09.04.2018 |

Symposium: Scale-up agroecology to transform food and agricultural systems

Family farmers must remain central to scaling up agroecology (Photo: CC0)

It is necessary to scale up agroecology in order to transform food and agricultural systems and achieve the Sustainable Development Goals (SDGs). This was the message of the 2nd International Agroecology Symposium that came to a close in Rome on April 5th after three days of discussion and knowledge exchange and saw the launch of the “Scaling up Agroecology Initiative”. The event brought together more than 700 participants with representatives from 72 governments, around 350 civil society and other non-governmental groups, and six UN organisations. It builds on the first agroecology symposium held in 2014 at the UN Food and Agriculture Organisation (FAO) in Rome, followed by a series of regional meetings, which highlighted the important role agroecology can play.

On the last day of the event, the Chair of this year’s symposium, Braulio Ferreira de Souza Dias, summarised why agroecology is key to transforming food and agricultural systems: “Agroecology offers multiple benefits, including for increasing food security and resilience, boosting livelihoods and local economies, diversifying food production and diets, promoting health and nutrition, safeguarding natural resources, biodiversity and ecosystem functions, improving soil fertility and soil health, adapting to and mitigating climate change, and preserving local cultures and traditional knowledge systems”. However, despite many successful agroecological experiences in all regions of the world, there is still a lack of awareness among key decision-makers of the potential of agroecology to tackle to multiple challenges and contribute to achieving the SDGs. Therefore, the Chair’s summary also outlines a vision for the way forward for the scaling up of agroecology, including a list of urgently needed commitments from stakeholders. De Souza Dias called on governments to develop policy and legal frameworks to promote and support agroecology and sustainable food systems, and to remove “perverse incentives” for unsustainable agriculture. “It is critical that legal and regulatory frameworks are implemented in a way that ensures transformative change towards sustainable agriculture and food systems based on agroecology, and respects, protects and fulfills farmers’ rights and access to productive resources such as land, water and seeds.”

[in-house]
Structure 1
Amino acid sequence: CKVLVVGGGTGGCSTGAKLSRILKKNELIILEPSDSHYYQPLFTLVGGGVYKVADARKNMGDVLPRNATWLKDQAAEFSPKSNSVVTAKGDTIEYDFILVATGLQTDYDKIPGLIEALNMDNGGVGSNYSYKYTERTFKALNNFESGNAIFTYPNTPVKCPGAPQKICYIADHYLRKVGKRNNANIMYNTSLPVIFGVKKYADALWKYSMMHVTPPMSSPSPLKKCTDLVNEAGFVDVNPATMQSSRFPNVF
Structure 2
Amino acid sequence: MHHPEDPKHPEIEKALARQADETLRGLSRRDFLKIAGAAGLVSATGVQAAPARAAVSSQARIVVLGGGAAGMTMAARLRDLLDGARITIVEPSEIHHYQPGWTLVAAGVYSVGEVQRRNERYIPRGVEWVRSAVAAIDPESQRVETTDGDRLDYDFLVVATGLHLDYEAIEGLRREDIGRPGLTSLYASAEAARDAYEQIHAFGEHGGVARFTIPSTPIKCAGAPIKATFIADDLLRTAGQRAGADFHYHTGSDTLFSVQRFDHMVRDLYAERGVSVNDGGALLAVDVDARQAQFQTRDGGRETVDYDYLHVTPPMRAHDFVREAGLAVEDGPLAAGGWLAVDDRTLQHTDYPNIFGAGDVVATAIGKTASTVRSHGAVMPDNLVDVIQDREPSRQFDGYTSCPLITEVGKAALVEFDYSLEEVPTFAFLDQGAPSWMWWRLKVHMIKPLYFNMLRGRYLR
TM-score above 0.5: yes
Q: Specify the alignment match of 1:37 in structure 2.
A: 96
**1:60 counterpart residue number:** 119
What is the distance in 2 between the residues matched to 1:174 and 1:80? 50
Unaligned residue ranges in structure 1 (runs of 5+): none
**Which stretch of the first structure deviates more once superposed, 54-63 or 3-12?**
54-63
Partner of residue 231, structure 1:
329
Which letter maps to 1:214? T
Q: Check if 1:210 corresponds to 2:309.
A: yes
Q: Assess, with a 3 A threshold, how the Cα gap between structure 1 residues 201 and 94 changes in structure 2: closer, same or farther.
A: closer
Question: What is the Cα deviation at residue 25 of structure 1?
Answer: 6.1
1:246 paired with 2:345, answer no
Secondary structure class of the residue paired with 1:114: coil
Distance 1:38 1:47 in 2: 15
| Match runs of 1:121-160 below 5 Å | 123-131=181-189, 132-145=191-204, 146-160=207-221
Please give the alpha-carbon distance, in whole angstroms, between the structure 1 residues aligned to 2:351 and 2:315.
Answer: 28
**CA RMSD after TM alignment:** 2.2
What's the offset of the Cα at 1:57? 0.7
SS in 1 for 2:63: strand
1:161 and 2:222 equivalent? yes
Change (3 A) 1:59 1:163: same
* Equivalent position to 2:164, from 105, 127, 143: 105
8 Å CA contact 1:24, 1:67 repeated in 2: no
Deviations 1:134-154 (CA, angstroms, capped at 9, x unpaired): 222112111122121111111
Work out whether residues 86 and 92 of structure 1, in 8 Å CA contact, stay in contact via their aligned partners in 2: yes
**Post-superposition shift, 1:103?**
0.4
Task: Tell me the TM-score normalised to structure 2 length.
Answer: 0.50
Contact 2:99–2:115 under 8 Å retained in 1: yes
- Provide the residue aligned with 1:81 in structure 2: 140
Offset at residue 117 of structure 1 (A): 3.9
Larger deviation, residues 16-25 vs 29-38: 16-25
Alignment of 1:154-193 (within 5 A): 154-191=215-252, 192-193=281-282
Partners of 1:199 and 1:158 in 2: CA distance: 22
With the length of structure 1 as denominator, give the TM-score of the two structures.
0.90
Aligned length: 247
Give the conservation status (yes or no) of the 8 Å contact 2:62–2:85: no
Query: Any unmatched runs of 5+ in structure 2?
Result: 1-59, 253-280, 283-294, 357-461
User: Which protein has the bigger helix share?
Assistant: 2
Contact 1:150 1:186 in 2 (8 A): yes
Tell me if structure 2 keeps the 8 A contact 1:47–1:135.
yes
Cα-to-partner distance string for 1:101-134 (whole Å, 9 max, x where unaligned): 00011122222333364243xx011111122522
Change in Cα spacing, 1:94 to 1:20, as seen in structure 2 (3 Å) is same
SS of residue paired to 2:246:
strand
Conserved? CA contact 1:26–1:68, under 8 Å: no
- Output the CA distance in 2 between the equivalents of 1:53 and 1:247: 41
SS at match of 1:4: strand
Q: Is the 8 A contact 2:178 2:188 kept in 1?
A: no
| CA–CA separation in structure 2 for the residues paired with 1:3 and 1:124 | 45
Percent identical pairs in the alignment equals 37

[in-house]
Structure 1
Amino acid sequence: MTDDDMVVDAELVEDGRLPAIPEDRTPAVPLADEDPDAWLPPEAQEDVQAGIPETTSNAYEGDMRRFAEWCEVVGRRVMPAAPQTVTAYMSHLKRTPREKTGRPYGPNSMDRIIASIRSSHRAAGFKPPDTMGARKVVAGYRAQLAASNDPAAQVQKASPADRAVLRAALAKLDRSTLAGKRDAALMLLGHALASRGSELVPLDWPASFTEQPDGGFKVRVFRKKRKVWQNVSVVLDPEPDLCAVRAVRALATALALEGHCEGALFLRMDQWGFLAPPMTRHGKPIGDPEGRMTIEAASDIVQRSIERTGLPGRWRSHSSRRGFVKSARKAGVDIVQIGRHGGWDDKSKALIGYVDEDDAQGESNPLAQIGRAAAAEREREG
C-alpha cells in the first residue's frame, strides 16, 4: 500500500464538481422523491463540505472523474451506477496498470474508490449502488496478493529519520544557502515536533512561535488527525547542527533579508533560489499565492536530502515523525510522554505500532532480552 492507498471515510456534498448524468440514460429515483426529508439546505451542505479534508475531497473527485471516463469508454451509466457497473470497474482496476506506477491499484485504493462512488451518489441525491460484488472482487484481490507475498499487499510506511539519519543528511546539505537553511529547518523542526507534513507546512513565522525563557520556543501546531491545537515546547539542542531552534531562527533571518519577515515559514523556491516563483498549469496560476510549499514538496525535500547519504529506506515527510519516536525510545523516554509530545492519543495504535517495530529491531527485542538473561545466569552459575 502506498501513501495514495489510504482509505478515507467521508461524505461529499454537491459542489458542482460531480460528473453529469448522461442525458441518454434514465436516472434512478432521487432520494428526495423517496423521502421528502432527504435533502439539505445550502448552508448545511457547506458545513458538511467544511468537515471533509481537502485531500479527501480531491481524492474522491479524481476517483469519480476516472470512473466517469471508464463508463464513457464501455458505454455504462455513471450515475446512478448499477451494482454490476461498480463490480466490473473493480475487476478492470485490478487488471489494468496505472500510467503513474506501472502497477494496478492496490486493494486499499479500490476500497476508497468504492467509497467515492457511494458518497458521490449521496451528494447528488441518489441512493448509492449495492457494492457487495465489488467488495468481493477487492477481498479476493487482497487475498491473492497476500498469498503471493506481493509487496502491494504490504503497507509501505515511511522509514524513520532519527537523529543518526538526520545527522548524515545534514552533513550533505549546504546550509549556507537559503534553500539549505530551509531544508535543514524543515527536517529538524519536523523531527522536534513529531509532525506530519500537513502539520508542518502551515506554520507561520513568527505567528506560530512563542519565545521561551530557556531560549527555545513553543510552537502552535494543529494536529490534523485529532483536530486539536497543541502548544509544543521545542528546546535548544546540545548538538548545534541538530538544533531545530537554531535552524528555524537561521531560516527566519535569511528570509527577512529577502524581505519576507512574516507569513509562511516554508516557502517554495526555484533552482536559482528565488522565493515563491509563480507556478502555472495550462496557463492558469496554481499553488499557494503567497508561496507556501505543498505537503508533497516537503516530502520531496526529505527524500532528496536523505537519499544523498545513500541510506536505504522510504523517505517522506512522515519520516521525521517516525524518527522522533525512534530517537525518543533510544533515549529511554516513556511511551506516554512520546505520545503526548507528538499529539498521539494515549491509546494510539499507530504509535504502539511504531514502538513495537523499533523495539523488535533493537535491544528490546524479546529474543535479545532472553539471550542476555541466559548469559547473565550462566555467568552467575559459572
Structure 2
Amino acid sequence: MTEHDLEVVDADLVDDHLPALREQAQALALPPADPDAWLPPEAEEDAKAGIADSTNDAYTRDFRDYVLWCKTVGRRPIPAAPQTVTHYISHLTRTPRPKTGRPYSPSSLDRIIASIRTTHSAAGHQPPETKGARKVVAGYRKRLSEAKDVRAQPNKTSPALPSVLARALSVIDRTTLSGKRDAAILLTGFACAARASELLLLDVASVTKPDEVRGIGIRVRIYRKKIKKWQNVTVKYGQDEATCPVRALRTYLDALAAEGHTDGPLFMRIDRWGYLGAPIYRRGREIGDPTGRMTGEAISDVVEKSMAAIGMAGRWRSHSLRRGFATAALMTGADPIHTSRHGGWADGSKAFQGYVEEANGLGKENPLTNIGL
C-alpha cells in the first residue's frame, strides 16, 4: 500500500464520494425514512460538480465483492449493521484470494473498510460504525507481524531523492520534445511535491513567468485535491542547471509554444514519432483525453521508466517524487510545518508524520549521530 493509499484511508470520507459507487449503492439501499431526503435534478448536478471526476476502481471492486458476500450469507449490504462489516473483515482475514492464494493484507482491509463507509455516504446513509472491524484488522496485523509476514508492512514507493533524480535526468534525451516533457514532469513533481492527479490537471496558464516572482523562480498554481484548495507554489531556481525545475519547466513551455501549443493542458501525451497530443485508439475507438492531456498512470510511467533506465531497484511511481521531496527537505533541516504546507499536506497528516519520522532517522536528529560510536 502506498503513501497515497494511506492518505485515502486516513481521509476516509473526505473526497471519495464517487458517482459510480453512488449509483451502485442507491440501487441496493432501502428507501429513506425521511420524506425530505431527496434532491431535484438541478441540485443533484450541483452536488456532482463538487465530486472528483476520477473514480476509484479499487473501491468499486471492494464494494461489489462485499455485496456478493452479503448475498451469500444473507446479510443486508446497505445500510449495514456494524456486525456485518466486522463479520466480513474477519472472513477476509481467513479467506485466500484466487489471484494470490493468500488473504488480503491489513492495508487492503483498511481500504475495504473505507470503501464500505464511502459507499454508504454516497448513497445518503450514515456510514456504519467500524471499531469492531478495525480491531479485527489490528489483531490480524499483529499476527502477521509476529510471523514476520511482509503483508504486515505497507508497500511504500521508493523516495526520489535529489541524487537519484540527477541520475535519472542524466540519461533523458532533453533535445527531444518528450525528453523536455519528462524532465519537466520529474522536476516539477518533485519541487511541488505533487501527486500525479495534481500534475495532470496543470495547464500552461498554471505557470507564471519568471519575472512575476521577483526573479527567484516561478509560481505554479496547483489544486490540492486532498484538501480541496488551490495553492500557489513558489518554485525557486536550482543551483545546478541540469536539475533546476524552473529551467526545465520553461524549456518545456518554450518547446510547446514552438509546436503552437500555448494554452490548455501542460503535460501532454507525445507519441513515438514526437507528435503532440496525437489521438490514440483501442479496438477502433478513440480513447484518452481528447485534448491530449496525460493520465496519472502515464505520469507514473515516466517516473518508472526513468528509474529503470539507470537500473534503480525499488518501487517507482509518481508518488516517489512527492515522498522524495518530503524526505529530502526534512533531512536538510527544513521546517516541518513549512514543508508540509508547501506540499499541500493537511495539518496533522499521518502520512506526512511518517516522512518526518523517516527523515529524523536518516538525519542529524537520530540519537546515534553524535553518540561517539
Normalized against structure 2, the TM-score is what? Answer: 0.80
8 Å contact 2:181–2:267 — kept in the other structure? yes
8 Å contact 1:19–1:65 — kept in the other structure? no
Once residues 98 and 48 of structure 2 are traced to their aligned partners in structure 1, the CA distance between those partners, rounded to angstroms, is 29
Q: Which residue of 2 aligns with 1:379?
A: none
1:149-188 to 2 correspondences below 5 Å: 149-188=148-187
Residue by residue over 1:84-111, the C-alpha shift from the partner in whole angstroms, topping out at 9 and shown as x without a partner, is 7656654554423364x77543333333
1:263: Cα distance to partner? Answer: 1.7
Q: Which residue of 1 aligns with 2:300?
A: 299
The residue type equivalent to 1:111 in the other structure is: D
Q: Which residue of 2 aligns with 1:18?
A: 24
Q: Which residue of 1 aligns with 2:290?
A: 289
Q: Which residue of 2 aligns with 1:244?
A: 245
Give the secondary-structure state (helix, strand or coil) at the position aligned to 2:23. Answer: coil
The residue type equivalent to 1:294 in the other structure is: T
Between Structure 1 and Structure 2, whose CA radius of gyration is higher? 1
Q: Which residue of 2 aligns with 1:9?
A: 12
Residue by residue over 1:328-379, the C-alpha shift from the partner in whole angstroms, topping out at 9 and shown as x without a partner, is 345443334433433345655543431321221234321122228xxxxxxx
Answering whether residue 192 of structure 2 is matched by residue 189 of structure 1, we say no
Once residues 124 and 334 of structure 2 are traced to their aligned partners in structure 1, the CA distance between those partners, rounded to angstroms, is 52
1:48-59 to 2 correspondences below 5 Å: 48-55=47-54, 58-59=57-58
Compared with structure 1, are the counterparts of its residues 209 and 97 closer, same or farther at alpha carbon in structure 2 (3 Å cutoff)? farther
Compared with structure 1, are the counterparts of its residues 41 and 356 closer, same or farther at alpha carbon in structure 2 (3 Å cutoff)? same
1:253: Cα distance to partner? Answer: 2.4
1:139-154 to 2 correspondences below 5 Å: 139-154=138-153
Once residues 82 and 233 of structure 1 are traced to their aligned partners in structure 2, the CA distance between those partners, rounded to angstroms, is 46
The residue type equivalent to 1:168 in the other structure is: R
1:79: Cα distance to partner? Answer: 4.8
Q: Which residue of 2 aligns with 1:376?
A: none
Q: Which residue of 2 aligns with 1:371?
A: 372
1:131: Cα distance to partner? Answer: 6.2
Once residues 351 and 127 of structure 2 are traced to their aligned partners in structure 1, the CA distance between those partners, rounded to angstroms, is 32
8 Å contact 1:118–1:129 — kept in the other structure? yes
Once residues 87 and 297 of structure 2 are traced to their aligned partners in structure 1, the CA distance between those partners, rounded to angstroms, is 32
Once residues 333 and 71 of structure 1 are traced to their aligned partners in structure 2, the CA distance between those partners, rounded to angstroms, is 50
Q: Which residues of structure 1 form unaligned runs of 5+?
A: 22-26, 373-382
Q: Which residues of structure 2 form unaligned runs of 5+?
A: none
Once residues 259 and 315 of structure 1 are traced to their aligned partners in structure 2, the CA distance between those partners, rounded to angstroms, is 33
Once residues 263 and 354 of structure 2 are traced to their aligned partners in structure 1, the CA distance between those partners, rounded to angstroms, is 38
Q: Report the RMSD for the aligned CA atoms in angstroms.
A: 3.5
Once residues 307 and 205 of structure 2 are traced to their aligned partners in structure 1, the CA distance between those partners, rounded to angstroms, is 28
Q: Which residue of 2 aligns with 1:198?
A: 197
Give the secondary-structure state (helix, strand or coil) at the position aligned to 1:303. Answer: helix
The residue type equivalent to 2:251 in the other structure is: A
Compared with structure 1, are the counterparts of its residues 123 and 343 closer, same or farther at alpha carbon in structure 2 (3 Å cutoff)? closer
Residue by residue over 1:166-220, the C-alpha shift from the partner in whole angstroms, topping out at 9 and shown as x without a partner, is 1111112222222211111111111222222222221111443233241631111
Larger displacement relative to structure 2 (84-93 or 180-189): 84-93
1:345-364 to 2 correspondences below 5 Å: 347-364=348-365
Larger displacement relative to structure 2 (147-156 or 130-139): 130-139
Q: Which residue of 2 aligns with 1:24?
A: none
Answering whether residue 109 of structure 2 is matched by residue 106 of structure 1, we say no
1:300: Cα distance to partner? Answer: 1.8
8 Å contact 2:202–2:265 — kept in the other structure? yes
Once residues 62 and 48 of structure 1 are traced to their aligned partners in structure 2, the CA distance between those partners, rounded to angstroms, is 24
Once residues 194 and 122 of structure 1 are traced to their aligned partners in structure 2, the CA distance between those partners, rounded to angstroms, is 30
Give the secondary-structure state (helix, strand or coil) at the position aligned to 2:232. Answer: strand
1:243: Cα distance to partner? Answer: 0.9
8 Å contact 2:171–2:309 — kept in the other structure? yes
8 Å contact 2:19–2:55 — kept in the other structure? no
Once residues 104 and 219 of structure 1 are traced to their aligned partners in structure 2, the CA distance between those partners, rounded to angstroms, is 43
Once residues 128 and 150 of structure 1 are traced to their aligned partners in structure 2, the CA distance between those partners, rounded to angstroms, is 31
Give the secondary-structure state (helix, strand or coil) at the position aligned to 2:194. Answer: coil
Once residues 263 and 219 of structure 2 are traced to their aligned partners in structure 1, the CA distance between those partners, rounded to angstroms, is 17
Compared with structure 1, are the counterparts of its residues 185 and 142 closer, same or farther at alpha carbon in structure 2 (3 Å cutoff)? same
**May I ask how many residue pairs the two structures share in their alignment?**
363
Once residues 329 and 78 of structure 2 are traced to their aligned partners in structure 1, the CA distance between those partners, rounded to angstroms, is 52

In his summary, de Souza Dias called on FAO to develop a detailed 10 year action plan for agroecology and to begin implementing the Scaling up Agroecology Initiative launched at the event. The initiative was presented in a 17-page document that shows the potential of agroecology to contribute to the 2030 Agenda, lists the key challenges and opportunities to the scale-up of agroecology, gives the core areas of work the initiative will focus on and explains how this should be achieved through a wide cooperation among a broad range of actors and institutions. “It’s time to scale up the implementation of agroecology,” FAO Director-General José Graziano da Silva said in his closing remarks. “We have succeeded in moving from talking about what is agroecology, to now having specific program targets to be achieved in the next few years, and strong support from civil society and those governments who have worked hard to make this symposium a success,” he added. Da Silva also highlighted that family farmers must remain central in this process: “When we speak of agroecology, we are not speaking of strictly technical matters. I would like to stress the social aspect, so when we say that we are going to strengthen the role of agroecology in FAO’s work, we are saying that we are going to strengthen the role of family and small-scale farmers, fisher folk, pastoralists, women and youth.” (ab)

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Donors of globalagriculture Bread for all biovision Bread for the World Misereor Heidehof Stiftung Hilfswerk der Evangelischen Kirchen Schweiz Rapunzel
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